Dry weather conditions and low humidity during warm periods have reduced the risk of most diseases of ginseng. However, frost damage in some gardens and plant stress due to dry conditions can result in increased risk of Alternaria and Botrytis, so it is important to remain vigilant in managing foliar disease. These diseases, especially Alternaria, can explode when the weather changes to hotter and more humid conditions. Cooler temperatures over the next week will hopefully keep the risk somewhat lower. It is important to achieve good spray coverage and to use a rotation of effective products in preparation for higher risk of disease.
During periods of high foliar disease risk, it is important to understand the mobility and modes of action of the different fungicides you are using. Consider alternating between contact fungicides, which offer protection from new infections, with those that are translaminar (moving through the leaf), locally systemic, and/or xylem mobile (moving upwards and outwards from the point of contact). These usually provide some curative control when the pathogen has already entered the leaf. These products also compensate somewhat for less-than-ideal coverage of the plant surfaces, since they can move from treated areas (e.g., the top of the leaf) to areas that often have less coverage (e.g., the bottom of the leaf). However, there are no truly systemic products for management of Alternaria, so it is still very import to achieve good coverage of the stems, not just the leaves. This can be more difficult when the canopy is disrupted by frost damage (e.g., kinked stems). The use of drop nozzles down each alley is important for achieving good stem coverage for older gardens.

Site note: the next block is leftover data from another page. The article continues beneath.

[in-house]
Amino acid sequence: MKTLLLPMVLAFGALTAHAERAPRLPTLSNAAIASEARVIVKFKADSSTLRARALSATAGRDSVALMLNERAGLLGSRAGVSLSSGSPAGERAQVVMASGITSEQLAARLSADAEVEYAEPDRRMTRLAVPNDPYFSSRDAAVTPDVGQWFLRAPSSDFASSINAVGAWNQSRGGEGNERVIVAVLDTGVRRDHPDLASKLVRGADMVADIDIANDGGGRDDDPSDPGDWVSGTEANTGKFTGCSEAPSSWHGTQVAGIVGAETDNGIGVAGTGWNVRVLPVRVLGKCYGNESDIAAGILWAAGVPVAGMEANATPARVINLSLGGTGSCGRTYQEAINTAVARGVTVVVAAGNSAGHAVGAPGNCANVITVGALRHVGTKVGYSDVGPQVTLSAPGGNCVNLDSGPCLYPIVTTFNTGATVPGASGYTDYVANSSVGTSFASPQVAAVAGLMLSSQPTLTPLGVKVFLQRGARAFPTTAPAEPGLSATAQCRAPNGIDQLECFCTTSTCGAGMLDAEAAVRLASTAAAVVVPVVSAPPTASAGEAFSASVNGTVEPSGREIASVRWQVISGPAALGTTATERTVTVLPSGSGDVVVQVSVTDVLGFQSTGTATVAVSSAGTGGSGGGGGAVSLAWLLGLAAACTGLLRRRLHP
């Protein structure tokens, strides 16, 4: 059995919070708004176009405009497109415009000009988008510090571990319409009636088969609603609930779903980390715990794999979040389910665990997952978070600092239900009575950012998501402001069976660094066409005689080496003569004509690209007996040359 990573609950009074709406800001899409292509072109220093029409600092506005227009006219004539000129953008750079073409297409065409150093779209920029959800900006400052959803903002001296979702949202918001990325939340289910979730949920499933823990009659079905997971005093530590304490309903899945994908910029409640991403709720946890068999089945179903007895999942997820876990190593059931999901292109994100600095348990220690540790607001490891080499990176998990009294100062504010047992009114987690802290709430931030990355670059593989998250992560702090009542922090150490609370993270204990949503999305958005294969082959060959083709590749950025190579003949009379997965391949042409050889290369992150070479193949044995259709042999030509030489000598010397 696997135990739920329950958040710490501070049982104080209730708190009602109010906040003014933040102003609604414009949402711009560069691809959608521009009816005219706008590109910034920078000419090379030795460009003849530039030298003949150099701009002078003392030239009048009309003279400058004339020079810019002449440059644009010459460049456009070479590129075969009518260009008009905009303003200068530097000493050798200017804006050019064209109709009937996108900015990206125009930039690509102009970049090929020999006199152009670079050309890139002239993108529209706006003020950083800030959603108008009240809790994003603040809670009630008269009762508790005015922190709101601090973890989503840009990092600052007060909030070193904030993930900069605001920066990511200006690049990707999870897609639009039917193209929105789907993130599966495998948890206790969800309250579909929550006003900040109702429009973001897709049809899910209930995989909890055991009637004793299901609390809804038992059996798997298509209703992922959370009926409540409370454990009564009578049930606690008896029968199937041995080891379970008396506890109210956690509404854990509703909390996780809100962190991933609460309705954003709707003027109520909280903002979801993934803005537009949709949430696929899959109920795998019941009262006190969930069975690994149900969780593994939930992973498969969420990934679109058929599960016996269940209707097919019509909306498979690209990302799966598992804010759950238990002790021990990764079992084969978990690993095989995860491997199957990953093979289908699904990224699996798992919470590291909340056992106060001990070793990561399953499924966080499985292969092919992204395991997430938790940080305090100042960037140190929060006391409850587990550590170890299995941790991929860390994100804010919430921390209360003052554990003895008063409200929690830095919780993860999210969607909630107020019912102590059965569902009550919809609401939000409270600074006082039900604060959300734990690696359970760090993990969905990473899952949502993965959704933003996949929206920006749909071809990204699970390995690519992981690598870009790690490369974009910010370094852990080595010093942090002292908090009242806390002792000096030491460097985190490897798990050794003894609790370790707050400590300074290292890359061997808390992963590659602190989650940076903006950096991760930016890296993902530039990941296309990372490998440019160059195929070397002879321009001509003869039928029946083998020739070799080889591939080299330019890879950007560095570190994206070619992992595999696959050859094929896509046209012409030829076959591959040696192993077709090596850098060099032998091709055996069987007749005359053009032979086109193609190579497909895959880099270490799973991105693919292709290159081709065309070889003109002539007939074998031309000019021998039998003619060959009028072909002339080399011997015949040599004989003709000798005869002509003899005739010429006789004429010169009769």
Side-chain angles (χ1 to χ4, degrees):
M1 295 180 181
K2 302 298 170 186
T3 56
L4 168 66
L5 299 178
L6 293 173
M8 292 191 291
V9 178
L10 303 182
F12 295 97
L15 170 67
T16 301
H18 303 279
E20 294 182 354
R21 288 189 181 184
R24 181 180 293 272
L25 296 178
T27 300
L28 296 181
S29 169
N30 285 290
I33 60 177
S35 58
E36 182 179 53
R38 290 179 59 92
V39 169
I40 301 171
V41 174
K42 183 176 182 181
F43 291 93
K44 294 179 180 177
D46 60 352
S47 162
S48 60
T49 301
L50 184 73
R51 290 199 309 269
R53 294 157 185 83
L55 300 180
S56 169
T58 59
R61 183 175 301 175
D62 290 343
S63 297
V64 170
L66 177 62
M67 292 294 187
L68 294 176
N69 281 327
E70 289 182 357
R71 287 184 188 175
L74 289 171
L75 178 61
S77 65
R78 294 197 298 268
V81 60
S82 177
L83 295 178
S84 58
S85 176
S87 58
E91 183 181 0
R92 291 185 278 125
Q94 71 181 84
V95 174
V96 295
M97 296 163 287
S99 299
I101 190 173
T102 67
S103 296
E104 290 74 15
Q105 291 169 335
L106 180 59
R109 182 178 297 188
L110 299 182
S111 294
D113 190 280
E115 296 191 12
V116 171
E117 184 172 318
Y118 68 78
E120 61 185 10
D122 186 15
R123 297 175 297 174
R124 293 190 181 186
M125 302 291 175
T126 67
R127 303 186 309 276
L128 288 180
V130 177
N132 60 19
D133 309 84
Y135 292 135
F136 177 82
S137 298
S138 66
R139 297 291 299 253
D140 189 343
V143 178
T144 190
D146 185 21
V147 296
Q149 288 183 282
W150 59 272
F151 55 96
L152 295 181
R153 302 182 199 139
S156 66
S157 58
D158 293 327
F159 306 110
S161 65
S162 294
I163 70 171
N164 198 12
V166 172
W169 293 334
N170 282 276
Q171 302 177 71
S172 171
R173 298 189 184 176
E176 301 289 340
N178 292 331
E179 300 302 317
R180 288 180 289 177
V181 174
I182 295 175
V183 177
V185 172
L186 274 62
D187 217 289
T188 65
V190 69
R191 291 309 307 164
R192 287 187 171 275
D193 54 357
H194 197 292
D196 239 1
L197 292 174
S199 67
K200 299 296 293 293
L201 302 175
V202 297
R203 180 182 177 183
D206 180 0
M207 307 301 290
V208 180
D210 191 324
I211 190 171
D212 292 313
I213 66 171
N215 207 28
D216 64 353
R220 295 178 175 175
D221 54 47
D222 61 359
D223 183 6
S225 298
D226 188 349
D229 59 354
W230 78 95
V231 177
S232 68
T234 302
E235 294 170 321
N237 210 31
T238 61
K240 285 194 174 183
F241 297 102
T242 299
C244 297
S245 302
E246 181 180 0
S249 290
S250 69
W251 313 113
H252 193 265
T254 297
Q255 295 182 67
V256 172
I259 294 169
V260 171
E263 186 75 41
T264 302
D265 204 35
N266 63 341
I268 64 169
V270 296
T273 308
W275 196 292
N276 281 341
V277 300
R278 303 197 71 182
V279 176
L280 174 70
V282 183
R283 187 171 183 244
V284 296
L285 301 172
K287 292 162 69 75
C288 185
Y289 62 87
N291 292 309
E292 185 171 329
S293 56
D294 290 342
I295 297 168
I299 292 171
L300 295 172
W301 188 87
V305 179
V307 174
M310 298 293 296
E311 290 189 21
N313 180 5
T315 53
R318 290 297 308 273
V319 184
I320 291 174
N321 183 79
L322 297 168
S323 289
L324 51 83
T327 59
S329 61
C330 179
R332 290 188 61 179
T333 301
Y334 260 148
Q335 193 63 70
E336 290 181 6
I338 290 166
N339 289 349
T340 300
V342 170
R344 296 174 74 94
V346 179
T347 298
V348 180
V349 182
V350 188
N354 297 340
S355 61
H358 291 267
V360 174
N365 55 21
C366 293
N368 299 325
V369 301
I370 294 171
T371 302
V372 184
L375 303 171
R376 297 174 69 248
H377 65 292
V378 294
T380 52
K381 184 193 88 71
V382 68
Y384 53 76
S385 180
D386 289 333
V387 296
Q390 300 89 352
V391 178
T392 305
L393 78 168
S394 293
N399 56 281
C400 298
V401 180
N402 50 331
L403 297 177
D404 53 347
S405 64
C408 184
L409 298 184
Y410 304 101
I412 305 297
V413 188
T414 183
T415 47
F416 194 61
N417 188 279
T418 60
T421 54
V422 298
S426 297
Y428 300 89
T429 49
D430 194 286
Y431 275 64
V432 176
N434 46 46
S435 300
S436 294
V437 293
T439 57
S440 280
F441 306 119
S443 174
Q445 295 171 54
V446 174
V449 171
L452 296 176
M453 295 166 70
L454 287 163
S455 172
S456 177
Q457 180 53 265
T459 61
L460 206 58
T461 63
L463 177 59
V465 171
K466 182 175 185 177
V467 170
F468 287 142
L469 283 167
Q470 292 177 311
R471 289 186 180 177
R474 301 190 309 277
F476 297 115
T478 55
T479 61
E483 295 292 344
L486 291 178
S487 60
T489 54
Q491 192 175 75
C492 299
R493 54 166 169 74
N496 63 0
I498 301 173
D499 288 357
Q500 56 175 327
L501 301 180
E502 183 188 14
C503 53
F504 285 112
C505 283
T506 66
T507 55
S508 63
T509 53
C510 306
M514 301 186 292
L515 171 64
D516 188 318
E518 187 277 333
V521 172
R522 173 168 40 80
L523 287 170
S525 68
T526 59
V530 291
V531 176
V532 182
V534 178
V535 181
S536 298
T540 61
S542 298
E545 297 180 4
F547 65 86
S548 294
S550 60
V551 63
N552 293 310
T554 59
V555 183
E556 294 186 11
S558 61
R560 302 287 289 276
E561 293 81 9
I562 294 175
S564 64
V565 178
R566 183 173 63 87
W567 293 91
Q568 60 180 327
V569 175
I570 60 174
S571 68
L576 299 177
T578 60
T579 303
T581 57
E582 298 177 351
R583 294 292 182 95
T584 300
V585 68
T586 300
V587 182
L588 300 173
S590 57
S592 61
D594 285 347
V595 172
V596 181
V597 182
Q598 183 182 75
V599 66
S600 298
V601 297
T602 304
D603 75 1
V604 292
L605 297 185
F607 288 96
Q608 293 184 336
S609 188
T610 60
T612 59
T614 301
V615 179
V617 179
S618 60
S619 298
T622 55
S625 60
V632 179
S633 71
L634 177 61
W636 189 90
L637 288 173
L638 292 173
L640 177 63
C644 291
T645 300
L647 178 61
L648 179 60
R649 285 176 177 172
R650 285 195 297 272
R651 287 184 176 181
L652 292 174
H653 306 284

Figure 1 includes tables that were distributed at the Ginseng Industry Day in April providing a summary of all the products registered for use on ginseng as of last fall. I am not aware of any new product registrations since then. The fungicide table lists the mobility of the different products within the plant. More detailed information on many aspects of pest control product use in ginseng and other crops is provided in the Ontario Crop Protection Hub (Ontario.ca/cropprotection).
Figure 1. Ginseng Pest Control Product Summary Tables 2023
It is not normal to consider irrigation in ginseng at this time of year, but a complete lack of rain for the past 18 days and minimal rain in the two weeks before that, plus low humidity and generally sunny (or smoky) weather, have resulted in abnormally dry conditions. It is important to monitor soil moisture and ensure adequate irrigation. Irrigation decisions should not be influenced by forecasted rain events, since crop losses can occur before any rain occurs, especially if the forecasted rain fails to materialize. Consult this previous blog post for irrigation resources: https://onspecialtycrops.ca/2022/07/06/irrigation-scheduling-resources-for-ginseng-growers-ginseng-crop-update-july-6-2022/
The lack of rain could also affect the fertility of the crop. If you applied granular fertilizer, especially nitrogen, after the first week of May and have not irrigated, it has likely not made its way down to the roots yet. Foliar application of nitrogen is not adequate for meeting the nitrogen needs of the plant (although it could help in some situations reduce major deficiencies), so deficiencies could appear if nutrients from granular fertilizers were applied after any significant rain or overhead irrigation events. Fortunately, the lack of rain also virtually eliminates the leaching of nitrogen from the root zone, so anything that was applied earlier or is residual from last year will still be available. Consider overhead irrigation not only for meeting the water needs of the plant but also to move nutrients from granular fertilizers into the root zone, even if soil moisture is still adequate for ginseng. This is not an issue for growers that fertigate through a drip irrigation system.
Dry soil conditions can also affect the availability of some nutrients. Calcium deficiencies are known to occur in dry conditions because the reduced transpiration from the leaves means less water is moving through the plant. Since calcium moves into the root in this flow of water, less flow in dry conditions means less calcium entering the plant. This can lead to tip burn of the leaves and poor berry/seed development. Again, the solution is adequate irrigation, not the addition of more calcium.